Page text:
Purposely putting a bullet into the body of an innocent human being is pure evil. I cringe whenever I think about Adam Lanza executing twenty children at an elementary school. I feel
a similar revulsion when I picture Dzhokhar Tsarnaev placing a bomb directly behind young spectators at the Boston Marathon—and walking away.
And now young adults trapped in a Paris concert hall are among the latest helpless victims of merciless murderers. How much hate—for others or yourself—do you have to have in your heart to commit such heinous acts?
While the Paris attack was more diversified in weaponry, a similar set of coordinated attacks in a major European capital was launched in London by the Irish Republican Army in 1973.
The Price sisters, IRA bombers from Belfast, were prime members of the team of eleven who planted four car bombs timed to detonate at 3 p.m. on a weekday in central London.
The sidewalks by the cars would be packed with pedestrians whom Delours and Marion Price obviously did not know. Whoever died would just be human cannon fodder for their cause. No more, no less.
It was early days in the annals of terrorism for such a sophisticated and ambitious attack. Two of the four car bombs were found and defused, though the bombs at Old Bailey and Great Scotland Yard exploded on schedule. The results were mediocre at best in IRA eyes, only one person killed and 180 injured. But it was a start.
My first contact with Irish terrorism was an IRA incendiary bomb engulfing a government building on the Malone Road in Belfast in a giant bubble of flame. A similar bomb at the La Mon Hotel months earlier had incinerated a dozen people and horribly maimed and disfigured 23 others.
The bomb I witnessed killed no one—but a mother’s reaction brought home to me that all this terrorism business remains distant and detached unless we have a personal connection. Her daughter attended school next-door to the building attacked by the IRA, and the mother was still visibly shaken as she told me of previous bombs traumatizing her little girl.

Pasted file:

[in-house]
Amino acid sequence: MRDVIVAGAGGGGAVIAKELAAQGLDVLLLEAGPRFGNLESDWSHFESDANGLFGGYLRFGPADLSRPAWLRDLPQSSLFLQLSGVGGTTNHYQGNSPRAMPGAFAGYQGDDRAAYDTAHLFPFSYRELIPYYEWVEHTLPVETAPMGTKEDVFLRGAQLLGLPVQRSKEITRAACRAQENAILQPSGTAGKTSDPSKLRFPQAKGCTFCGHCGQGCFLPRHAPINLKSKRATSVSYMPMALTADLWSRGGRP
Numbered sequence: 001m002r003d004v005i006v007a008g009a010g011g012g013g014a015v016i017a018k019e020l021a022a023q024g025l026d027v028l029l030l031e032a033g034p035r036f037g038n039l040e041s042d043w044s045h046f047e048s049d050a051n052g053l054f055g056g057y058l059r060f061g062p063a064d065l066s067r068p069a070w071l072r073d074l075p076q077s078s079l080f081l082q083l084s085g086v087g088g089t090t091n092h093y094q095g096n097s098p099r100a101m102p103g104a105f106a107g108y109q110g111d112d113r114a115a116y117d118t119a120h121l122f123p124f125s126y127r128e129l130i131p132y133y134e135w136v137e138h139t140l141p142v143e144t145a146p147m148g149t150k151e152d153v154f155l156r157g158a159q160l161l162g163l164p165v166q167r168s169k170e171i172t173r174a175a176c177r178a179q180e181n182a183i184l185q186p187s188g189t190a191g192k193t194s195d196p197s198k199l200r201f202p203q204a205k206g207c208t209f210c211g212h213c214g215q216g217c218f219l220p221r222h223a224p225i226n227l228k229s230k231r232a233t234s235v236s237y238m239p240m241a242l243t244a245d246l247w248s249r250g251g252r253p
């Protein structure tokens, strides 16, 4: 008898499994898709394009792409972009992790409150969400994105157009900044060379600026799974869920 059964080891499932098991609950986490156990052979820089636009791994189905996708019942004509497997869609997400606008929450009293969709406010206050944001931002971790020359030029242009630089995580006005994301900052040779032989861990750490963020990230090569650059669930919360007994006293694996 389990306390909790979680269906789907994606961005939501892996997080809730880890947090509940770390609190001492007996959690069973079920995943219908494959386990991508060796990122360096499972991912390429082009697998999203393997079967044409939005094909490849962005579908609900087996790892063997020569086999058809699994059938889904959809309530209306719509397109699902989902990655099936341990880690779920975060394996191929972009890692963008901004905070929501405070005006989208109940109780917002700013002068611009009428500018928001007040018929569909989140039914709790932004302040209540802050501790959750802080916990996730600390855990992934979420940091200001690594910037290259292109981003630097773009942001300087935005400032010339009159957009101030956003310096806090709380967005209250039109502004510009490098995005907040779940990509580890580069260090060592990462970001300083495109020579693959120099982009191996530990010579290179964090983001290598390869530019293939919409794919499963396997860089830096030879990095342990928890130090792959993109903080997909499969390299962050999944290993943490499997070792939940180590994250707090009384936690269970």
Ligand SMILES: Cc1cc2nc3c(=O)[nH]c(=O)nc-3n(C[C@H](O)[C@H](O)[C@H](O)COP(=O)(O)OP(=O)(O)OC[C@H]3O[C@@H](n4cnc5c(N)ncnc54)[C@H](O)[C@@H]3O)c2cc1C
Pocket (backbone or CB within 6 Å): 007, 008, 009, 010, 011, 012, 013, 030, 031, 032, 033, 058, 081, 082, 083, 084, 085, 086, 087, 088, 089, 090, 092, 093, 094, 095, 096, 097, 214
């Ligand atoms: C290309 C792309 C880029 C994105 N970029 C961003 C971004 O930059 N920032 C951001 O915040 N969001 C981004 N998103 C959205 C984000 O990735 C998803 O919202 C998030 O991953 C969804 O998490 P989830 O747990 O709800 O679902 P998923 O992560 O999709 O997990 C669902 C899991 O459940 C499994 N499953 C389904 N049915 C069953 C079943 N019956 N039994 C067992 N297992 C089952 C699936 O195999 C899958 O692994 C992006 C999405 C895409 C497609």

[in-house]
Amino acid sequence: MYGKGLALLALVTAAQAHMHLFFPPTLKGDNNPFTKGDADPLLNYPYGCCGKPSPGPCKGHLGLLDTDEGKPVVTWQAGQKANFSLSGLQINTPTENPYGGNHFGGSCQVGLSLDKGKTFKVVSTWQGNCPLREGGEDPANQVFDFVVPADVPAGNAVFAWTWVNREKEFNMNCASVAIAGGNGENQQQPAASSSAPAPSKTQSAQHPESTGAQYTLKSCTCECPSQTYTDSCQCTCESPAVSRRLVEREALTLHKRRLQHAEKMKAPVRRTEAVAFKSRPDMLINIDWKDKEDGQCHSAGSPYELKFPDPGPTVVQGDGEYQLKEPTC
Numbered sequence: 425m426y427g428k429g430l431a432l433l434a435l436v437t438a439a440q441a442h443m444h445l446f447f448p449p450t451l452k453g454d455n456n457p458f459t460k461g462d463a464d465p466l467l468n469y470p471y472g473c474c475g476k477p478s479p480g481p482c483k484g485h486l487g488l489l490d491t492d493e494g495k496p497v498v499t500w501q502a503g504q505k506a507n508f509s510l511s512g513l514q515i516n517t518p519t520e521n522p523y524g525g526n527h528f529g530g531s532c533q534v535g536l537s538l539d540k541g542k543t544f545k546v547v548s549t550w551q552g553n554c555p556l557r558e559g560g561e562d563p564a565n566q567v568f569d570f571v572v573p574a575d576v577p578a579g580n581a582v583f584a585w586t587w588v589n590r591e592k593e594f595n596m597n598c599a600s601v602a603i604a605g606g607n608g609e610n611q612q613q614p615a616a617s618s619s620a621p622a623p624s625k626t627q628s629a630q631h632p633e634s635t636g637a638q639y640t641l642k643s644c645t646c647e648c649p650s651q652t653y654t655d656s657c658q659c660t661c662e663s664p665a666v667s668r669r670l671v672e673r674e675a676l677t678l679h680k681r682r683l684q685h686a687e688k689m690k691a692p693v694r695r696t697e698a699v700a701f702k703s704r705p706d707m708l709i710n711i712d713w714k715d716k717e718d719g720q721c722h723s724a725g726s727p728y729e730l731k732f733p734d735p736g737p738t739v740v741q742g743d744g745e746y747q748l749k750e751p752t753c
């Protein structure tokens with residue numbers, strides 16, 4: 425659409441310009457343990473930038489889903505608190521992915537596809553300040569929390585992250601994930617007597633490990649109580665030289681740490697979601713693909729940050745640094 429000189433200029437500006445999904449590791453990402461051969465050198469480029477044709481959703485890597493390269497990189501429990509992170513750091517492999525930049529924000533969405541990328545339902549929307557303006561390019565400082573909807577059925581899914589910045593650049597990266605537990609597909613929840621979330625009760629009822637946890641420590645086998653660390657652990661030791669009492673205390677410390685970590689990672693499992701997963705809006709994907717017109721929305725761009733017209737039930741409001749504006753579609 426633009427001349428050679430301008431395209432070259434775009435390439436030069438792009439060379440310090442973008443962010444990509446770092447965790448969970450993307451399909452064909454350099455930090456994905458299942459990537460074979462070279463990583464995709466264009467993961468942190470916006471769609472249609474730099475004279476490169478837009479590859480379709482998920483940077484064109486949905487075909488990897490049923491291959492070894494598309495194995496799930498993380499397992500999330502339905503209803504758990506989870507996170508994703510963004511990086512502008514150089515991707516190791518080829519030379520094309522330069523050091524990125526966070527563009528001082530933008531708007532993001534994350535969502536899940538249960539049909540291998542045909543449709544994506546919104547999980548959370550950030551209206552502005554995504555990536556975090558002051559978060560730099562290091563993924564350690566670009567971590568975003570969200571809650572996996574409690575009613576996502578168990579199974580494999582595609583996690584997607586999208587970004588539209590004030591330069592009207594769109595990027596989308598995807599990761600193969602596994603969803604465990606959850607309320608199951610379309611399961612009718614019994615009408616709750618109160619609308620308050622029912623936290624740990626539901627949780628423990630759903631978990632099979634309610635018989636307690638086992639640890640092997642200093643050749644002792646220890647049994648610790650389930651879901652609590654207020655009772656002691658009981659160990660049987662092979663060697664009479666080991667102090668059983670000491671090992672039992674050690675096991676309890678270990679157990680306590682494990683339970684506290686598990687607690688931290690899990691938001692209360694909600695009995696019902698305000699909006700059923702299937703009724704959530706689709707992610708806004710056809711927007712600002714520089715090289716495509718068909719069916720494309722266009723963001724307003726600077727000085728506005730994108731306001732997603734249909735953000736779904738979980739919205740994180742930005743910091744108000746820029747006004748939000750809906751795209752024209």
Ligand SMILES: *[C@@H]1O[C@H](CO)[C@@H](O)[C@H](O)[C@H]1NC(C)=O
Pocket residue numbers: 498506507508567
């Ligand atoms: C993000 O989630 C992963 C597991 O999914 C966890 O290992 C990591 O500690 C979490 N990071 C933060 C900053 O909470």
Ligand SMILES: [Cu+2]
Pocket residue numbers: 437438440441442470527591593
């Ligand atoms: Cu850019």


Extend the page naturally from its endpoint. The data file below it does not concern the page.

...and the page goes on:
I made eight trips to Belfast and wrote four articles a year on Northern Ireland for thirty years. I had retired from teaching and writing about terrorism—until that bomb in Boston that the younger Tsarnaev brother placed directly behind the family of Bill and Denise Richard. Their two younger children suffered the most grievously; eight-year-old Martin died from the blast while his seven-year-old sister Jane had her left leg nearly torn off—and later amputated.
The Richard family was from Dorchester—my wife and I used to live nearby in Quincy.
But a stronger personal link came from that bomb’s shrapnel—sent sailing across the street with a powerful shock wave from the blast. Brian Bridges was helping my friend Kris and her handicapped daughter Kayla, competing in the wheelchair division, near the finish line at Copley Square. Brian took shrapnel to the head but survived—and shielded Kris and Kayla from the full force of the blast.
Kris and Kayla’s close call sent me into a “writer’s rage,” resulting in fifty articles, including a series of seven on radical Islamic terrorism last fall—on through the Charlie Hebdo bombing in January. While lone-wolf attacks were popularized, I wrote about “wolf-pack attacks” involving multiple terrorists, noting that the “barbaric beheading savagery of the Islamic State and its cyber-smart methods of murder present a new level of lethal evil.”
My writings characterized IS as “evil incarnate” and conjectured that WW III will be an “ideological struggle between what America means to us and what radical Islamic jihadism means to its practitioners.” I’m worried that our younger generation—the age of those at the Paris rock concert—might be less steeped in Americanism than their jihadist cohorts are in their apocalyptic ideology. Read what they say—below.
Mohammad Sidique Khan, London suicide bomber: “Thousands like me are forsaking everything for what we believe…Our religion is Islam, obedience to the one true God and following the footsteps of the final prophet messenger…We are at war, and I am a soldier.”
Dzhokhar Tsarnaev, Boston bomber: “He who Allah guides no one can misguide…The U.S. Government is killing our civilians…I can’t stand to see such evil go unpunished, we Muslims are one body, you hurt one you hurt us all…The mujahideen are fighting men who look into the barrel of your gun and see heaven.”
A French official has suggested that the six-site Paris attack was just the beginning, a jihadist pilot program for future mass murders in Western population centers. Let’s prepare, prevent, and prevail. Paris Strong, American Strong, and always on guard.
Burns is a professor emeritus at the University of Florida.